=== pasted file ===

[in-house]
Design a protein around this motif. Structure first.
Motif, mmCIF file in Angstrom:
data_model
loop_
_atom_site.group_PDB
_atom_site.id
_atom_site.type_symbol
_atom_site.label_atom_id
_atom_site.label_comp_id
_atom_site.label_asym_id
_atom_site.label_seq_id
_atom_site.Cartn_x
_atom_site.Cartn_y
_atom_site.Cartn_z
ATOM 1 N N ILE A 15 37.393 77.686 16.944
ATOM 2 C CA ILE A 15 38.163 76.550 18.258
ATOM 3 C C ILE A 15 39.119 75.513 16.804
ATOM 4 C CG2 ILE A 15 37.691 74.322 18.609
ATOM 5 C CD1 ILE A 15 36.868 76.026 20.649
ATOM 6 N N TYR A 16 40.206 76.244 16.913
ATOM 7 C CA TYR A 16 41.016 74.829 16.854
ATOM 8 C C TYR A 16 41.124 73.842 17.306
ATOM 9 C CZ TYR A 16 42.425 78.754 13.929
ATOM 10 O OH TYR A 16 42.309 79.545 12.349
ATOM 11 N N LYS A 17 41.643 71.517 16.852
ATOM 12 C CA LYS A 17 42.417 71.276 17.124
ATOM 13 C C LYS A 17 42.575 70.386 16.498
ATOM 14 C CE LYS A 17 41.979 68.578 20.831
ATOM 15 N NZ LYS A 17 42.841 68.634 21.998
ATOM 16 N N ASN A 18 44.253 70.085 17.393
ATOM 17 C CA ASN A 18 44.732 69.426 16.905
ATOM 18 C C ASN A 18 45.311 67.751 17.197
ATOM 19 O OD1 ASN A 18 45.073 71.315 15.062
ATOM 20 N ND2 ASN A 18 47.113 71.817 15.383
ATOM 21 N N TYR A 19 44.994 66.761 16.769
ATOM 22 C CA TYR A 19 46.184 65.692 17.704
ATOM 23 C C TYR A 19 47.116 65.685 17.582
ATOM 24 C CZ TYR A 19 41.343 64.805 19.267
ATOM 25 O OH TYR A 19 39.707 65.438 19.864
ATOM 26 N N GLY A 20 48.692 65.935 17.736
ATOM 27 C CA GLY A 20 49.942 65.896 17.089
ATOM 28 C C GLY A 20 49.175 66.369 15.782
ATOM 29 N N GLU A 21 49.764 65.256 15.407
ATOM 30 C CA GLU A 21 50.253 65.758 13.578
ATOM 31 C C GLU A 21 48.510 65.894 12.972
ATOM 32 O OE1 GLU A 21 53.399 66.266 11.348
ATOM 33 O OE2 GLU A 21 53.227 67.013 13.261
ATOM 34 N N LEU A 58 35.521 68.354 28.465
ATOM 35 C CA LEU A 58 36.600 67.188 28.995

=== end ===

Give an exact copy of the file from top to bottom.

[in-house]
Design a protein around this motif. Structure first.
Motif, mmCIF file in Angstrom:
data_model
loop_
_atom_site.group_PDB
_atom_site.id
_atom_site.type_symbol
_atom_site.label_atom_id
_atom_site.label_comp_id
_atom_site.label_asym_id
_atom_site.label_seq_id
_atom_site.Cartn_x
_atom_site.Cartn_y
_atom_site.Cartn_z
ATOM 1 N N ILE A 15 37.393 77.686 16.944
ATOM 2 C CA ILE A 15 38.163 76.550 18.258
ATOM 3 C C ILE A 15 39.119 75.513 16.804
ATOM 4 C CG2 ILE A 15 37.691 74.322 18.609
ATOM 5 C CD1 ILE A 15 36.868 76.026 20.649
ATOM 6 N N TYR A 16 40.206 76.244 16.913
ATOM 7 C CA TYR A 16 41.016 74.829 16.854
ATOM 8 C C TYR A 16 41.124 73.842 17.306
ATOM 9 C CZ TYR A 16 42.425 78.754 13.929
ATOM 10 O OH TYR A 16 42.309 79.545 12.349
ATOM 11 N N LYS A 17 41.643 71.517 16.852
ATOM 12 C CA LYS A 17 42.417 71.276 17.124
ATOM 13 C C LYS A 17 42.575 70.386 16.498
ATOM 14 C CE LYS A 17 41.979 68.578 20.831
ATOM 15 N NZ LYS A 17 42.841 68.634 21.998
ATOM 16 N N ASN A 18 44.253 70.085 17.393
ATOM 17 C CA ASN A 18 44.732 69.426 16.905
ATOM 18 C C ASN A 18 45.311 67.751 17.197
ATOM 19 O OD1 ASN A 18 45.073 71.315 15.062
ATOM 20 N ND2 ASN A 18 47.113 71.817 15.383
ATOM 21 N N TYR A 19 44.994 66.761 16.769
ATOM 22 C CA TYR A 19 46.184 65.692 17.704
ATOM 23 C C TYR A 19 47.116 65.685 17.582
ATOM 24 C CZ TYR A 19 41.343 64.805 19.267
ATOM 25 O OH TYR A 19 39.707 65.438 19.864
ATOM 26 N N GLY A 20 48.692 65.935 17.736
ATOM 27 C CA GLY A 20 49.942 65.896 17.089
ATOM 28 C C GLY A 20 49.175 66.369 15.782
ATOM 29 N N GLU A 21 49.764 65.256 15.407
ATOM 30 C CA GLU A 21 50.253 65.758 13.578
ATOM 31 C C GLU A 21 48.510 65.894 12.972
ATOM 32 O OE1 GLU A 21 53.399 66.266 11.348
ATOM 33 O OE2 GLU A 21 53.227 67.013 13.261
ATOM 34 N N LEU A 58 35.521 68.354 28.465
ATOM 35 C CA LEU A 58 36.600 67.188 28.995